Wednesday, 17 April, 2024
HomeFrom the FrontlinesGaza doctors ‘leave patients to scream for hours’ as crisis escalates

Gaza doctors ‘leave patients to scream for hours’ as crisis escalates

Doctors across Gaza have described operating on patients without anaesthetic, turning away people with chronic conditions, and treating rotting wounds with limited medical supplies.

“Because of the shortage of painkillers, we leave patients to scream for hours and hours,” one told the BBC.

The World Health Organisation (WHO) has described the state of healthcare in Gaza as being “beyond words”, saying 23 hospitals were not functioning at all, while 12 were partially functioning and one minimally.

The Israel Defence Forces (IDF) says Hamas “systematically uses hospitals and medical centres for its terror activities”, and in a statement to the BBC, said: “The IDF did not ‘attack’ hospitals, but rather, entered specific areas… (to) neutralise Hamas’ infrastructure and equipment, and apprehend Hamas terrorists, while acting with great caution."

It said it was allowing humanitarian aid into Gaza, including medical supplies.

Aid organisations, including the WHO, say there have been “repeated access restrictions and denials”.

Hospitals stretched

Many of Gaza’s hospitals are overcrowded, with limited equipment, healthcare workers say. There are reports that some hospitals in southern Gaza are operating at more than 300% of their bed capacity.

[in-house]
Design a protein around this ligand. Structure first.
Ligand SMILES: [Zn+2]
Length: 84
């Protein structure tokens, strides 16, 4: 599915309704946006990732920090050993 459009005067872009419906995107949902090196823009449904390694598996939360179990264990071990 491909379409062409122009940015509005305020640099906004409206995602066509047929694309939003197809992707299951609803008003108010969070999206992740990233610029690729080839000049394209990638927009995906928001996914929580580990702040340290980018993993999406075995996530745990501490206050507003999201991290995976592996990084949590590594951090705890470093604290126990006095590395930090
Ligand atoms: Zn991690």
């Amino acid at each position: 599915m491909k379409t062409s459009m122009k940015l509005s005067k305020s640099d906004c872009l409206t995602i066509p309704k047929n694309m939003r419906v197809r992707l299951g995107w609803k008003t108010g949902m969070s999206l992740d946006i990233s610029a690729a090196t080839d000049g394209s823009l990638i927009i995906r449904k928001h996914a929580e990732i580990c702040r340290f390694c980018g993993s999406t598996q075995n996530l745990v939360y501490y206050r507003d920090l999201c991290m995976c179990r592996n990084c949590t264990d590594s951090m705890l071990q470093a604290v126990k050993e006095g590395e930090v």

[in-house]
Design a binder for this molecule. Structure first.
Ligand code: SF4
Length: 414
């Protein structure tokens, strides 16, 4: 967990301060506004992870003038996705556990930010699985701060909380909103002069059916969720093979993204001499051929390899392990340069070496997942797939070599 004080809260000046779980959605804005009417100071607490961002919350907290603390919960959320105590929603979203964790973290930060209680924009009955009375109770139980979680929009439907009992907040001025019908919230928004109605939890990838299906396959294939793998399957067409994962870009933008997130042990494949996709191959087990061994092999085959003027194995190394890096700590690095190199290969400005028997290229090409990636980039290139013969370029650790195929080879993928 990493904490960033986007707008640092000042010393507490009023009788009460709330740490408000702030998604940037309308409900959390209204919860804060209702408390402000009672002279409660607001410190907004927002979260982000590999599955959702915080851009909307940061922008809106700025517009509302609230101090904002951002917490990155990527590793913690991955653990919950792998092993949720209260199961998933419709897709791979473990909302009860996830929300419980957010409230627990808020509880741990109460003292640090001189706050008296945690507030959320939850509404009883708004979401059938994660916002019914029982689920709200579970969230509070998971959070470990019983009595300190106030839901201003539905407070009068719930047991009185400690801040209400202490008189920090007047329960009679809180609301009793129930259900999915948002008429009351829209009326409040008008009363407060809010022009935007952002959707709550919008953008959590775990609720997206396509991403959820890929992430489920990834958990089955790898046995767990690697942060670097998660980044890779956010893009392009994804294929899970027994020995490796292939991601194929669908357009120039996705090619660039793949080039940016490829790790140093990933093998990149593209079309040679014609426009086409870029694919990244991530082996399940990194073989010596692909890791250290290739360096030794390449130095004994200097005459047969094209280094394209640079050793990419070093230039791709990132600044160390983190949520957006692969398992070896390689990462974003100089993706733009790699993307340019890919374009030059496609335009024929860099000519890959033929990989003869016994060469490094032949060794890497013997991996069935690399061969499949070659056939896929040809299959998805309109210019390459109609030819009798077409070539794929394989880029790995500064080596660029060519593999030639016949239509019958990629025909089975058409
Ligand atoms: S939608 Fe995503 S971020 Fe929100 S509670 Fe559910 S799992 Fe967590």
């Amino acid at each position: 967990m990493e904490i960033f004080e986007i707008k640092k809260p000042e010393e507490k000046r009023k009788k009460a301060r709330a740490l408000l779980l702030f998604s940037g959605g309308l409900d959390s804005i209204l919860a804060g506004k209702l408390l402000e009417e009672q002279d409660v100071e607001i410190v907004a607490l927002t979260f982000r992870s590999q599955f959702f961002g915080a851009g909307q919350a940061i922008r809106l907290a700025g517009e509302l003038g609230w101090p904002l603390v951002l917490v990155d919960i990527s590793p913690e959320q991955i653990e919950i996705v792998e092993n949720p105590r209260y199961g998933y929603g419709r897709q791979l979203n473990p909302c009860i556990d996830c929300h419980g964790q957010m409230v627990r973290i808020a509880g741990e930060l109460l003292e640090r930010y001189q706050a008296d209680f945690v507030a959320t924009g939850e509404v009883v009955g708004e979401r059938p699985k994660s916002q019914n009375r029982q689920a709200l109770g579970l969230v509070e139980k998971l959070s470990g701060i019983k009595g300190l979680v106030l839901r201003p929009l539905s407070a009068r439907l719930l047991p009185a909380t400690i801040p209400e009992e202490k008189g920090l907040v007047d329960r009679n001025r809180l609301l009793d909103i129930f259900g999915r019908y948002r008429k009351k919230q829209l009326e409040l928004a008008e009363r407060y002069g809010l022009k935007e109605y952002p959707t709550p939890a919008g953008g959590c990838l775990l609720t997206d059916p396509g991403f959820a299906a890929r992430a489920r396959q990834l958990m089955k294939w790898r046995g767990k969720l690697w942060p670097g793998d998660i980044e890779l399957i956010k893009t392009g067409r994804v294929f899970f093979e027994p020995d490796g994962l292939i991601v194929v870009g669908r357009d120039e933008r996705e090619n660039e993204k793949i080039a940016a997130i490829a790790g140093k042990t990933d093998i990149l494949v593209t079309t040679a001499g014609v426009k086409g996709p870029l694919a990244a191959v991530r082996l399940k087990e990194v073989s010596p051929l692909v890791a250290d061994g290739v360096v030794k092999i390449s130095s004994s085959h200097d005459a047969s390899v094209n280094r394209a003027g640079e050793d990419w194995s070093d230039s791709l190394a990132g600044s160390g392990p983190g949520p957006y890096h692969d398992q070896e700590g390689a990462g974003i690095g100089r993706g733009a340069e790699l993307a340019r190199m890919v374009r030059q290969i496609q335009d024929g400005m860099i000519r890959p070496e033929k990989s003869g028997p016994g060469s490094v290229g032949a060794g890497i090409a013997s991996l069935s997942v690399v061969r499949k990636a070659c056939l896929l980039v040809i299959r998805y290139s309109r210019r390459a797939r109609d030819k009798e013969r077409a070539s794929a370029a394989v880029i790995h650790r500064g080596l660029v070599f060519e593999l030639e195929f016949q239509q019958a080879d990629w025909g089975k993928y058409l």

Four field hospitals have been set up in Gaza, with 305 beds combined, according to the WHO.

On Sunday, it said the Nasser hospital in southern Gaza was the latest facility to become non-operational, after a raid by Israeli forces.

The IDF said on Sunday night it had found weapons at the hospital, as well as medicines with the names and photos of hostages on them, and had apprehended “hundreds of terrorists” hiding there.

“Hamas continues to put Gaza’s most vulnerable citizens in serious danger by cynically using hospitals for terror,” it earlier told the BBC.

Yousef al-Akkad, director of the Gaza European Hospital in the southern city of Khan Younis, described the situation there as the “worst we’ve faced since the beginning of the war”.

“This situation was severe before …and thousands more who've been displaced are now staying in the hallways and the public areas.”

The hospital did not have enough beds for those needing treatment, so staff were laying sheets over metal frames and wood, and putting “a lot of patients on the floor with nothing at all”.

Medication and supplies

Doctors are struggling to work with limited medical supplies, and cannot find a drop of oxygen, one said.

“We’re missing anaesthetics, supplies for the ICU, antibiotics and painkillers,” said Al-Akkad. “A lot of people were severely burnt… we don’t have any suitable painkillers for them.”

One doctor confirmed operations were continuing without anaesthetic.

Dr Mohamed Salha, acting director of northern Gaza’s Al-Awda Hospital, said people had been transported for treatment there on donkeys and horses.

“The catastrophe is when their wounds are rotting, as these have been open for more than two or three weeks.”

Doctors, he added, had performed surgeries by the light of head-torches because of electricity shortages.

While there are around 20 000 healthcare workers in Gaza, most are not working “as they are struggling to survive and care for their families”.